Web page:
Life University doesn’t have a lot of time to bask in any glory this spring. Their men’s team has been busy playing in both DI and Elite Cup games – the Elite Cup Final is this coming weekend – while their college team now looks ahead to the CRC, but they do have a moment or two to savor Saturday’s DIA championship.
The Running Eagles knew they would be up against it playing the St. Mary’s Gaels. They had to make sure they wouldn’t turn the ball over, and they paid for it when they did, falling behind 14-3 in the first half in Greensboro.
“You can’t make mistakes against St. Mary’s,” said Life Director of Rugby Dan Payne. “A couple of missed tackles and they’ve got a couple of tries. It was just that quick. We had a lot of possession, but we ended up with only three points. I think our guys decided to go for the tries too much – we had a few more penalty opportunities where we probably should have kicked for points. Was that nerves? Maybe.”
“In the first half we got a little frantic,” said Life captain Colton Cariaga. “We felt like we had to make something happen. We had plenty of time but we didn’t play like it. We got a penalty in front of the posts which could have made it 14-6. But I took a quick-tap. They weren’t back ten. Now we’re even closer, and it’s a guaranteed three. We swung it wide and ended up turning it over.”
It did seem as if the Running Eagles, desperate to regain control of the game, wanted to do so in one or two massive plays, rather than chip away at things.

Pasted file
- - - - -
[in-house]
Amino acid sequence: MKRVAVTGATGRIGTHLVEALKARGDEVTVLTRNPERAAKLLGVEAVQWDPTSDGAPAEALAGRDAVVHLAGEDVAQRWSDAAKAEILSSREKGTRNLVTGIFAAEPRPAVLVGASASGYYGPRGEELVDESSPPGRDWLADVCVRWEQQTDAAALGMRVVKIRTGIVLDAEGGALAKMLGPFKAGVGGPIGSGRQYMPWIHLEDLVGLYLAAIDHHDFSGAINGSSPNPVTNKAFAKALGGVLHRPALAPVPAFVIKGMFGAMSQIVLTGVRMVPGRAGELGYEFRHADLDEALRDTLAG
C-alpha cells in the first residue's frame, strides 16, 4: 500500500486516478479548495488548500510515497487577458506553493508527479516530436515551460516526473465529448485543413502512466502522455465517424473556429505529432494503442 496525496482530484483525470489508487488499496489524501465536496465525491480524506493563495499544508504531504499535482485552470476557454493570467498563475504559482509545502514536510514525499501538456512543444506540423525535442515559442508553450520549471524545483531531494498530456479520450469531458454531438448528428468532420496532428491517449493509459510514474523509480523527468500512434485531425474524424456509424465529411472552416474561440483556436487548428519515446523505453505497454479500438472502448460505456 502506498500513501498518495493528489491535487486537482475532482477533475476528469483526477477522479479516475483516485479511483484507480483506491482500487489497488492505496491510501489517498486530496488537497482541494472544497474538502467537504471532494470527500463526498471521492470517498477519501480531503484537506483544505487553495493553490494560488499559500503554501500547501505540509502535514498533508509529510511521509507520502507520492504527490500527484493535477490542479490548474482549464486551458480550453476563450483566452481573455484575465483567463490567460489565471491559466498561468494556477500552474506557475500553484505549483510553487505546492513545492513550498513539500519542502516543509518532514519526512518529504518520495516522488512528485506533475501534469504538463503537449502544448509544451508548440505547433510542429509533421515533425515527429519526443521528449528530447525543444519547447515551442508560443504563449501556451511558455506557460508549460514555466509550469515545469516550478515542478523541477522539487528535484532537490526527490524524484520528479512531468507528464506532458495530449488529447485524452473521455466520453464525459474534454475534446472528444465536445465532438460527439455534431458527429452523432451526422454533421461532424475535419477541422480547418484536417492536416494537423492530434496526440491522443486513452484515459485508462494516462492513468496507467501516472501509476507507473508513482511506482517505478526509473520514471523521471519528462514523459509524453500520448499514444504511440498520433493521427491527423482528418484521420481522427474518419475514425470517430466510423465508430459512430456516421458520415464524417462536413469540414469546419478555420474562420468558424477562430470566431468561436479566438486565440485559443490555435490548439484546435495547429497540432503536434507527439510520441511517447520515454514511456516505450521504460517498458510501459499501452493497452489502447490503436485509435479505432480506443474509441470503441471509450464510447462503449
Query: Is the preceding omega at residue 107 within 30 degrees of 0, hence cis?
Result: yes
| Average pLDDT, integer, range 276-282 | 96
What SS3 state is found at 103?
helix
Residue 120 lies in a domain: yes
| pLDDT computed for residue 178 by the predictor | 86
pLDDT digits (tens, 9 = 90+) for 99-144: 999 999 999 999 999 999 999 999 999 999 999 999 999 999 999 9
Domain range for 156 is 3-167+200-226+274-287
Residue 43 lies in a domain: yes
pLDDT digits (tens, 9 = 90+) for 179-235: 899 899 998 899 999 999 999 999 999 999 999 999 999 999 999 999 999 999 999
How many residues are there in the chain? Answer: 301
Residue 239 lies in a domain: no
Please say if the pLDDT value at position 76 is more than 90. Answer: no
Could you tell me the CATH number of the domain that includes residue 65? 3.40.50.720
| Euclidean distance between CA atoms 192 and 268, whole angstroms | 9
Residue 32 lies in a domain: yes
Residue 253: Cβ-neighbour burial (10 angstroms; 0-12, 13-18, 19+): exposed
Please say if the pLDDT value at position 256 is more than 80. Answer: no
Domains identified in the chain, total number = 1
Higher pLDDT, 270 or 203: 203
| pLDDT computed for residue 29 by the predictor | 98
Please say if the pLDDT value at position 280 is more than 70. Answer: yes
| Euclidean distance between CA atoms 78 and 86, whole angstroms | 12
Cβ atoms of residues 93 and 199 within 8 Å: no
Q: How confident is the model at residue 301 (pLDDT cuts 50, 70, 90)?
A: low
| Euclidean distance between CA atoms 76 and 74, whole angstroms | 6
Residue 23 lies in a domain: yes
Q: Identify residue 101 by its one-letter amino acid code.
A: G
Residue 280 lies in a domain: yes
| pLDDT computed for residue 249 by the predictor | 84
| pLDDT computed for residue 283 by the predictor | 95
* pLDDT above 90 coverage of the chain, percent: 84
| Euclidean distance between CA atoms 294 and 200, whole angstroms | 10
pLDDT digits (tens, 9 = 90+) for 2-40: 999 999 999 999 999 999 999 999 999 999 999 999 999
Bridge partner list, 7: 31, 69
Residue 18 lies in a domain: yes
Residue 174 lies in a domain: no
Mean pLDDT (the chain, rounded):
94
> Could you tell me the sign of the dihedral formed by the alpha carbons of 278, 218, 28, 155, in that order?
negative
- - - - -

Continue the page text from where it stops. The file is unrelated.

So at halftime, they collected themselves.
“We said we needed to execute better,” said Payne. “We needed to settle down and be more patient.”
Payne credited several of his players, including Cariaga, with turning the attitude of the team around.
“We’ve been in that position before,” said Cariaga. “With some of the 15s games, and even 7s, we’ve been down and we’ve come back. In the first half we weren’t playing terrible rugby, but we made a few bad decisions or bad plays. We knew we didn’t have to change anything. It was more of an attitude adjustment – start over, it’s a new game.”
The new approach was evident early. Their first penalty, four minutes into the second half and right in front of the sticks, Joe Cowley was given the kicking tee.
“It went over, it was 14-6, and now we had some momentum,” said the captain.
Cowley then made the mad dash to the corner, where he was adjudged to have just touched down before being pulled into touch by Tim Maupin. Fortunate call for Life? Could be, but it was five points for Life, and eight minutes into the second half, the lead belonged to St. Mary’s, but the momentum was Life’s.
With the rain coming, Life just pounded it in, and then held on.
“It’s a great feeling,” said Cariaga of the Life victory. “It gives me some confidence in knowing the goals you set for yourself, if you commit to them, you can really achieve whatever you set your sights on. It really opened my eyes.”